What Does Redhibition REALLY Mean?


Most real estate sales contracts in Louisiana contain a Redhibition clause. I remember being a realtor and fumbling through the explanation of the clause to my clients. I knew it had something to do with whether the sale was "as-is" or whether the seller guaranteed the condition of the home after the date of the sale. But, that was about it.

It wasn't until I became a lawyer that I realized the law of redhbition was MUCH MUCH bigger than that. My clients and I had entered a fairly significant area of Louisiana's law and hadn't quite realized it. So I decided to give a quick overview here to at least make it clear to other realtors, buyers, and sellers that the law of redhibition is something to take seriously. Get help understanding it if you need to.

In a sales contract, a seller has certain obligations provided by law. Some can be modified by contract. Some cannot. Among the legal obligations, the seller warrants a buyer against redhibitory defects. (La. CC art. 2520) What is a redhibitory defect? It can be one of two things.

  1. It could be a defect causes the thing to be useless. A significantly cracked foundation may be redhibitory if the crack is so severe, the home cannot be occupied. 
  2. It could be a defect that makes use of the thing so inconvenient that the buyer would not have bought it had she known of the defect. Or, even is she bought it, she would have paid a significantly lower price. (La. CC art. 2520) There is lots of case law that goes into determining whether a particular problem is a redhibitory defect. Consult a professional if you have a question. 


So, what's the seller's liability when he sold something with a redhibitory defect? Well, this is where the analysis gets very complicated. The determination of liability depends largely on what the seller AND buyer knew, or should have known about the defect before the sale. But, the seller could be made to repair or correct the defect. He could also be made to return the purchase price. (La. CC art. 2531) In other cases, the seller could be made to pay expenses and attorney fees of the buyer who sues him to undo the sale. (La. CC art. 2545) 


This article started out referring to the waiver of redhibition. So, that's a big hint that the seller's obligations can be waived. But, the waiver is not a simple as it sounds. 

The law allows a seller and buyer to agree that the seller will not be bound by the laws of redhibition. But the waiver must meet certain legal requirements of form and contain particular wording. (La. CC art. 2548) I won't go into it here; but, if you are attempting a waiver, I would strongly suggest getting help. An improper waiver may be unenforceable. Sellers who thought they sold a property as-is may find themselves in hot water - and very unhappy with their realtor!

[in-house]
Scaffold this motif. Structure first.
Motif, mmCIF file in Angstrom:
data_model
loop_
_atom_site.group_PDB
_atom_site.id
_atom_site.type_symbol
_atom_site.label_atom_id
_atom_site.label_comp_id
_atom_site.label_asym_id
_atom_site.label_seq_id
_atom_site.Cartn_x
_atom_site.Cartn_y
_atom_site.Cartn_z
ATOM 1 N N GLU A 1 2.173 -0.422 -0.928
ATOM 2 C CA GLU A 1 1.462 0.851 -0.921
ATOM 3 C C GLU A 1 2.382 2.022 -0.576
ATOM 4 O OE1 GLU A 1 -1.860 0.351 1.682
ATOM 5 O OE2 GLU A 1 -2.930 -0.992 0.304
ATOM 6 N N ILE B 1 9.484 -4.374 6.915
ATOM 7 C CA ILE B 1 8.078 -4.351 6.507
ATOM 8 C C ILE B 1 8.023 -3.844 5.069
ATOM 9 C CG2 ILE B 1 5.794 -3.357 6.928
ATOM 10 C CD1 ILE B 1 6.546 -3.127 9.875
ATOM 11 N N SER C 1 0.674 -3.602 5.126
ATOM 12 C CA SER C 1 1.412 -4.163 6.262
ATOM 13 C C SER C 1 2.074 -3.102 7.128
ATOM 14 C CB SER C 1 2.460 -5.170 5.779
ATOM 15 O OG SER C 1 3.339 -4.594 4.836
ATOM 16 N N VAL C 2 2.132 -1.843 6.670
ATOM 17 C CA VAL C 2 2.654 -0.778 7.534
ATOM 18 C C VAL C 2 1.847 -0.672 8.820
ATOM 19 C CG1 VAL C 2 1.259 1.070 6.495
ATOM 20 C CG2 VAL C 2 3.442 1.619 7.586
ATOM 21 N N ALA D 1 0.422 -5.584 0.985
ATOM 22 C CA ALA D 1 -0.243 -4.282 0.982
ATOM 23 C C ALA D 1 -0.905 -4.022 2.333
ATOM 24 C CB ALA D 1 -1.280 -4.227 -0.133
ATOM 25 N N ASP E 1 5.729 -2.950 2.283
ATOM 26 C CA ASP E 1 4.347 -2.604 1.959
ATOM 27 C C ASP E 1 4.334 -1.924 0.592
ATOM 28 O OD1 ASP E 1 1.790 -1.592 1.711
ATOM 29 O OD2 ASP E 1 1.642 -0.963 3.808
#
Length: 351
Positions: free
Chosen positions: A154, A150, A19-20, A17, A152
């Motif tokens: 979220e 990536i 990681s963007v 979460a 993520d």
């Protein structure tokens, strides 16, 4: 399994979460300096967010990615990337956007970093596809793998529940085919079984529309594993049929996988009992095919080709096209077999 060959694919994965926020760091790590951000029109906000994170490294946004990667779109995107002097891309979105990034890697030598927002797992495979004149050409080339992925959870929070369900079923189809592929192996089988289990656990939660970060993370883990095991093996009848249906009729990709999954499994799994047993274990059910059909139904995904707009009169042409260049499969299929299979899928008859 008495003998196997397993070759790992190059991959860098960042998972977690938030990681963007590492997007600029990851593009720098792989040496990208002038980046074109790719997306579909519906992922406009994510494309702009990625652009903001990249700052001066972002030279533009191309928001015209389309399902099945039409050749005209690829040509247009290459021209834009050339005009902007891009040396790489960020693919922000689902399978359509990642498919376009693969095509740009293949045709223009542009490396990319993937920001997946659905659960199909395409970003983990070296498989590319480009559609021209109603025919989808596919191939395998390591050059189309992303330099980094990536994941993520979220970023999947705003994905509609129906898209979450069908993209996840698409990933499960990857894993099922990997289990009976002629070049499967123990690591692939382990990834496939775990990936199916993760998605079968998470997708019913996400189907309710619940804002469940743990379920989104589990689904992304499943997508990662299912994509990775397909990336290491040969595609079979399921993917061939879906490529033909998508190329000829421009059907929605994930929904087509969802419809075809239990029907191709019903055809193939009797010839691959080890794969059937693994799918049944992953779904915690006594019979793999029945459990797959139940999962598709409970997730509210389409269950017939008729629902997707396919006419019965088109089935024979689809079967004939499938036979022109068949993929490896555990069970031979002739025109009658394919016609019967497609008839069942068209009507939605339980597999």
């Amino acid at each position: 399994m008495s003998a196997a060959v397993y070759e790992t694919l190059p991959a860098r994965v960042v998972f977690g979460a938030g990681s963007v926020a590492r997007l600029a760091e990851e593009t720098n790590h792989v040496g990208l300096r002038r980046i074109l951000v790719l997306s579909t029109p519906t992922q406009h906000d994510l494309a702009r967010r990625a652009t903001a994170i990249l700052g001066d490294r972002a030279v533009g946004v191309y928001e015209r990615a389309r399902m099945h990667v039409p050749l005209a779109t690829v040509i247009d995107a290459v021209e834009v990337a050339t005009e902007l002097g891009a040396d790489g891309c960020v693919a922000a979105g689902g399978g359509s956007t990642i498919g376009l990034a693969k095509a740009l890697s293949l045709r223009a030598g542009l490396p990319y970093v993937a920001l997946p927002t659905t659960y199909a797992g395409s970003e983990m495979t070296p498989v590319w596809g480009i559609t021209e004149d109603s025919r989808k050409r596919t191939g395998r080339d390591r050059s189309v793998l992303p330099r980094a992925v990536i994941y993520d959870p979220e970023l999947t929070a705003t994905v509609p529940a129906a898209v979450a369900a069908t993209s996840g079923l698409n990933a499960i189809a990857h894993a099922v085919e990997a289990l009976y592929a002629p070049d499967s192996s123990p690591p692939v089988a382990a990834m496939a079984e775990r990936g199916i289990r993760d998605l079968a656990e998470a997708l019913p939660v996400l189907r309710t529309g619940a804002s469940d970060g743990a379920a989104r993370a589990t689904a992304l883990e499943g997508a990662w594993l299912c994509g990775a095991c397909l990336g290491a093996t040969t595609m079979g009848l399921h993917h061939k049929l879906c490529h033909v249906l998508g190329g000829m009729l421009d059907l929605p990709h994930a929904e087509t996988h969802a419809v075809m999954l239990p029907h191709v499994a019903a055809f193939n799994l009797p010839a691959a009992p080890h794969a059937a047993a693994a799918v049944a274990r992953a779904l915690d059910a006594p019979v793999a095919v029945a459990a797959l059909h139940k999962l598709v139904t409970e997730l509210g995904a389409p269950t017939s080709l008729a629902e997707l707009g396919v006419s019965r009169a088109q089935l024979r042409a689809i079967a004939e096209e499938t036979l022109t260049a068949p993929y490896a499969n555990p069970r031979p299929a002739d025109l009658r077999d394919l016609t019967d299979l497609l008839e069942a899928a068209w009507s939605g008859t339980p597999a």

Another important point is that the protections of a proper waiver my still be lost of the seller, or the seller's agent, overstep the bounds in giving the sales pitch of the home. So be careful what you say!


A seller may have some defenses if he is sued under the law of redhibition. I will talk about three.  I discussed the (1) Waiver above. Here, I will also mention (2) Notice, (3) Buyer's knowledge. 

A seller may be entitled to notice of a defect before the buyer spends her own money to repair it. (La. CC art. 2522) Again, whether the seller has a legal right to notice depends largely on how much the seller knew about the defect. If the buyer repaired the defect at her own cost, the seller may defend reimbursing the buyer if he can show he could have made the repairs or made them cheaper had the buyer given him notice. (La. CC art. 2522)

A seller may also defend himself if the buyer knew or had reason to know of the defect before the sale. This is a fairly complex determination. But, in its simplest form, obvious defects are less likely to be covered. Waivers of certain inspections may also prevent the buyer from seeking relief under the law. (La. CC art. 2521) Question is - will the buyer who loses here now come after the realtor for errors and omissions? Be mindful when advising them on inspections. A simple "do as you want" may not protect you. 

There you have it. A brief overview. Who knew so much law was under that simple clause on the real estate purchase contract. But, please, please remember - this is only a simple overview. There is a lot of written law and case law that must be considered when addressing an issue of redhiibition. My goal here was to make you aware of its depth and to encourage you to get help when you need it. Protect yourself!  


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